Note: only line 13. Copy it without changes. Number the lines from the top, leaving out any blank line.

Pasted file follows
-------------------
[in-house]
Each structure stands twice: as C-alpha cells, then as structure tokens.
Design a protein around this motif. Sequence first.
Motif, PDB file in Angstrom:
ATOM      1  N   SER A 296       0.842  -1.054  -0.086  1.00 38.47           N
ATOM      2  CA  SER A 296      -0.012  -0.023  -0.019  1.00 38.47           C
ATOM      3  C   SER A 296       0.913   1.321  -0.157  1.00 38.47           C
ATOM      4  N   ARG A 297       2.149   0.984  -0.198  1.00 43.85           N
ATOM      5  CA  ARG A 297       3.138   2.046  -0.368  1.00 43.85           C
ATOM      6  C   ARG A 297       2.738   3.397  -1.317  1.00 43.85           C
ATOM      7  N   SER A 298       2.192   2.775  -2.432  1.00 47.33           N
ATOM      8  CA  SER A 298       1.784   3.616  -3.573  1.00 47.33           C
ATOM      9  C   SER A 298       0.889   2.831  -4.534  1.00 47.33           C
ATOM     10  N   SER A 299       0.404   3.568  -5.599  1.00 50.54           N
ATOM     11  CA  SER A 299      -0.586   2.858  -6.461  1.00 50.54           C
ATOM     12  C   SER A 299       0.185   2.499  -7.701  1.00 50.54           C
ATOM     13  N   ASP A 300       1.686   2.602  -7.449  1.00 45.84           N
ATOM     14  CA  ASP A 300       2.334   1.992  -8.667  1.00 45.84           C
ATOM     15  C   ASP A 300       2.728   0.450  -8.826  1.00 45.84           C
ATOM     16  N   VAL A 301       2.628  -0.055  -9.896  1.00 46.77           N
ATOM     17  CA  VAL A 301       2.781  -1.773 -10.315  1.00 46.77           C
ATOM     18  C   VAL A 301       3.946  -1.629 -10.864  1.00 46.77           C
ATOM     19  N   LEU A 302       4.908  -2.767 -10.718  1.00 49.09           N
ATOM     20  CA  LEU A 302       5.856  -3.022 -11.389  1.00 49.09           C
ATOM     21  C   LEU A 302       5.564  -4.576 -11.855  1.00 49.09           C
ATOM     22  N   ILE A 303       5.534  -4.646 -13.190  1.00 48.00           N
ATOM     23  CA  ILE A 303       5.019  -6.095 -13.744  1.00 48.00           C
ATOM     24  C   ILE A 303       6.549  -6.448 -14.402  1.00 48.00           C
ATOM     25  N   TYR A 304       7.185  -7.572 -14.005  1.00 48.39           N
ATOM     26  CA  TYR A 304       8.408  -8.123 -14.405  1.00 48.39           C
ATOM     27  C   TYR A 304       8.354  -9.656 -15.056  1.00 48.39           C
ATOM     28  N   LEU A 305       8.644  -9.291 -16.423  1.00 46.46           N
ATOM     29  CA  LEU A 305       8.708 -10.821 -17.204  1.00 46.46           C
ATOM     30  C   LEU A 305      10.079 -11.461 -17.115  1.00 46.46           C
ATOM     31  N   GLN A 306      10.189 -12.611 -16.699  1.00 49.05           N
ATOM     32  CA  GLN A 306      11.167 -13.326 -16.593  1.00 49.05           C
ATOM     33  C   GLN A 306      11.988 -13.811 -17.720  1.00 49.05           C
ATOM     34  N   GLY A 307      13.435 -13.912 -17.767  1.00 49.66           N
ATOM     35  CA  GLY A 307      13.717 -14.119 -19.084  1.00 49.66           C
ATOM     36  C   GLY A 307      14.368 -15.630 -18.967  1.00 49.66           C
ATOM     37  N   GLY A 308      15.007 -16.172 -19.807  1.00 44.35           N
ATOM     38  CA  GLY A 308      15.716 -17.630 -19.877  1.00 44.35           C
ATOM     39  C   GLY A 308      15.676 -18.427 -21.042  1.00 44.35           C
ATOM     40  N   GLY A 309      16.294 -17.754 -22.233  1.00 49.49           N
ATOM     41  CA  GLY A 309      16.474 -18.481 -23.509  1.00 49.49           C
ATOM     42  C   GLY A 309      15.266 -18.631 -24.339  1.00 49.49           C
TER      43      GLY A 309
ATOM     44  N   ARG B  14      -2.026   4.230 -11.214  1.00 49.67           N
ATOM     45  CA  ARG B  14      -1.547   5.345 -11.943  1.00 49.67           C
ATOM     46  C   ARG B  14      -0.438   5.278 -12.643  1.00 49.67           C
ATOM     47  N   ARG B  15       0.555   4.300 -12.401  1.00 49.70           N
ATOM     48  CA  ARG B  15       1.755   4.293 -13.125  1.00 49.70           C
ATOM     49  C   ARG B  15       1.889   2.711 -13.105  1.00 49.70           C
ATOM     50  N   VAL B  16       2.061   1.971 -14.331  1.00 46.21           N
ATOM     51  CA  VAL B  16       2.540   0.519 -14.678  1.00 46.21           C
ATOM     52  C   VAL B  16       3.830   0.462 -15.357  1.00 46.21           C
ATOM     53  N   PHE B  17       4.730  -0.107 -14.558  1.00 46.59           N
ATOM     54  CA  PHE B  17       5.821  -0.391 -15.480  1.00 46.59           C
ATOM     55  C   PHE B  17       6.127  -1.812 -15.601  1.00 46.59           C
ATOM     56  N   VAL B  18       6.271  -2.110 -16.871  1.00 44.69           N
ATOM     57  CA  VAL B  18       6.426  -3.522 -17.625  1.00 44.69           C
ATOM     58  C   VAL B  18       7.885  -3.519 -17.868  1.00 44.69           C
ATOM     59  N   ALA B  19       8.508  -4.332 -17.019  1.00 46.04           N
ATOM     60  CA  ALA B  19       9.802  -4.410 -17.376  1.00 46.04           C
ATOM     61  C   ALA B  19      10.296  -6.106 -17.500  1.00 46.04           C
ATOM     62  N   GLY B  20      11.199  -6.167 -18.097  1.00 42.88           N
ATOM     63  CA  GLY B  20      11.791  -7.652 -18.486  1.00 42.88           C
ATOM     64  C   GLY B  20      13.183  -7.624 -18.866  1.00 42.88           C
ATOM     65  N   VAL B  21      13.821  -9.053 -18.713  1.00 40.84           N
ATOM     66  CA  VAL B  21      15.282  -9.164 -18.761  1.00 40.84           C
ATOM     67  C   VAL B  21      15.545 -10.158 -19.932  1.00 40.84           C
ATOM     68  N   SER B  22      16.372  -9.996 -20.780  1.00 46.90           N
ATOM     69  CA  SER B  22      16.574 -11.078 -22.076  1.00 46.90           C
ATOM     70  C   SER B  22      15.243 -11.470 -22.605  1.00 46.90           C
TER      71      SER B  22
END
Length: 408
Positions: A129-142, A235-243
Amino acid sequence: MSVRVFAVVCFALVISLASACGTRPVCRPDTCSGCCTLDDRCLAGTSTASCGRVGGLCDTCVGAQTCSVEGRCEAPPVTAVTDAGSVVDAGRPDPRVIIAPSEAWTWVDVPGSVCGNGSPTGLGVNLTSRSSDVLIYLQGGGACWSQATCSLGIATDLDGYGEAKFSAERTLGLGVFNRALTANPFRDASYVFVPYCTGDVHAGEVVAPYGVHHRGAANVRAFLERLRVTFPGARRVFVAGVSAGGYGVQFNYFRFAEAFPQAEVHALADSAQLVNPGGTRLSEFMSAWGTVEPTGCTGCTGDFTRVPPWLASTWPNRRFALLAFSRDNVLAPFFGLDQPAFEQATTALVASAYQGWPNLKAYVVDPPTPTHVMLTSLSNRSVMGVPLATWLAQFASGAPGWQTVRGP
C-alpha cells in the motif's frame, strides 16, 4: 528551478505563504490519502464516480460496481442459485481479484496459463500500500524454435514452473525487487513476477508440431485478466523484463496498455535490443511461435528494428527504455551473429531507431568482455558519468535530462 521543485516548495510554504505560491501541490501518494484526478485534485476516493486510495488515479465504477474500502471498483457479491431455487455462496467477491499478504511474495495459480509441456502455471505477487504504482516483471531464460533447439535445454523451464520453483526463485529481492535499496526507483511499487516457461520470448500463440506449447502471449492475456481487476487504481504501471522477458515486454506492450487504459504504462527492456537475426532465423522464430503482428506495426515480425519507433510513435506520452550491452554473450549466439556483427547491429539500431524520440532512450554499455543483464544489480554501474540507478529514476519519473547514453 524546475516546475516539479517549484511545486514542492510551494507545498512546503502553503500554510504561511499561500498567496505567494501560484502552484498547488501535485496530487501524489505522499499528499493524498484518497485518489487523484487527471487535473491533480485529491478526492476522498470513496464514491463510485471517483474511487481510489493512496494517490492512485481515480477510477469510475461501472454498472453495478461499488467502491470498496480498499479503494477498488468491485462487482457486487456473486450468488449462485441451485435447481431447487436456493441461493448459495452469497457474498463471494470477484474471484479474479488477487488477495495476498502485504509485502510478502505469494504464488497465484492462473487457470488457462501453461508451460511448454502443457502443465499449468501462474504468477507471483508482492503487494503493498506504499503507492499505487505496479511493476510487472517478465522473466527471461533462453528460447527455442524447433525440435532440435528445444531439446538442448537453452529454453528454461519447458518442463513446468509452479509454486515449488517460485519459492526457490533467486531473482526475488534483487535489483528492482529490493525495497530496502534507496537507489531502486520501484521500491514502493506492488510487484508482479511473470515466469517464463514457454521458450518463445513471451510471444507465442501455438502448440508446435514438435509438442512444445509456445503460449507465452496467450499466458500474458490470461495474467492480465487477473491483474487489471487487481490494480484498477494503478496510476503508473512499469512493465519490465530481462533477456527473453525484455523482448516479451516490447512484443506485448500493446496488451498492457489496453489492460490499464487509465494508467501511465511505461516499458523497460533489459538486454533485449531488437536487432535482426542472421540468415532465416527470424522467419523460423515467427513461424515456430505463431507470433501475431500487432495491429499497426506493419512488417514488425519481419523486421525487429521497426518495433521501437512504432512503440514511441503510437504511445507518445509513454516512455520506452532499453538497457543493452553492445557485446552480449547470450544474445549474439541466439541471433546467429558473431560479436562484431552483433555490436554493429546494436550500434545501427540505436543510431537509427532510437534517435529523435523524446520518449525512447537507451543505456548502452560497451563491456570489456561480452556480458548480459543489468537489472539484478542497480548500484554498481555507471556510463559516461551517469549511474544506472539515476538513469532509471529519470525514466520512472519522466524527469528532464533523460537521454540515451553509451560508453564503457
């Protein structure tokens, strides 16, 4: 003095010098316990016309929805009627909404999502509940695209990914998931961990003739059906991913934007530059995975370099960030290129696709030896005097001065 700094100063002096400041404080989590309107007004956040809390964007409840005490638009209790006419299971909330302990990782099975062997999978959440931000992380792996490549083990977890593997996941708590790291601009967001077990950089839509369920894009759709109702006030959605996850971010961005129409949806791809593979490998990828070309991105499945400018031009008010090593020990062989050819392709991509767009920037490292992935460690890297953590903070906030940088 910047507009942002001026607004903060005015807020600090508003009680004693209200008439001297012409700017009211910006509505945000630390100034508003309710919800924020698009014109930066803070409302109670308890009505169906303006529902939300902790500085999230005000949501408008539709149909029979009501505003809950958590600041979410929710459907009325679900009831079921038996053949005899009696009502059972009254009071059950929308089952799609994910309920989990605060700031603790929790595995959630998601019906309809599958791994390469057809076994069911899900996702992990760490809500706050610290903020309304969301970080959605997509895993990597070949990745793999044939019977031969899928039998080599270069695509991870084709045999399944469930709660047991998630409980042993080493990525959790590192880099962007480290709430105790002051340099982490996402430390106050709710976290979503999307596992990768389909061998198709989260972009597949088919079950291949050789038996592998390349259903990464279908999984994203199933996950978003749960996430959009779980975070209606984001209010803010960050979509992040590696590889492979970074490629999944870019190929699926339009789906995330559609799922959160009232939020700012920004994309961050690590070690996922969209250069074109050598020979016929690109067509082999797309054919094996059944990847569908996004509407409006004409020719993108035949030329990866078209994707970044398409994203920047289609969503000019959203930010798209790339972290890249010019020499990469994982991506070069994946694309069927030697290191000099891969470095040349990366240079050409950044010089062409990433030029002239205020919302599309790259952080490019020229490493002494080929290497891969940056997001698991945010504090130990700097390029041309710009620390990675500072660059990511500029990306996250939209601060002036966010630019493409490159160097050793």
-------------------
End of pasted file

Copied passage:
ATOM      9  C   SER A 298       0.889   2.831  -4.534  1.00 47.33           C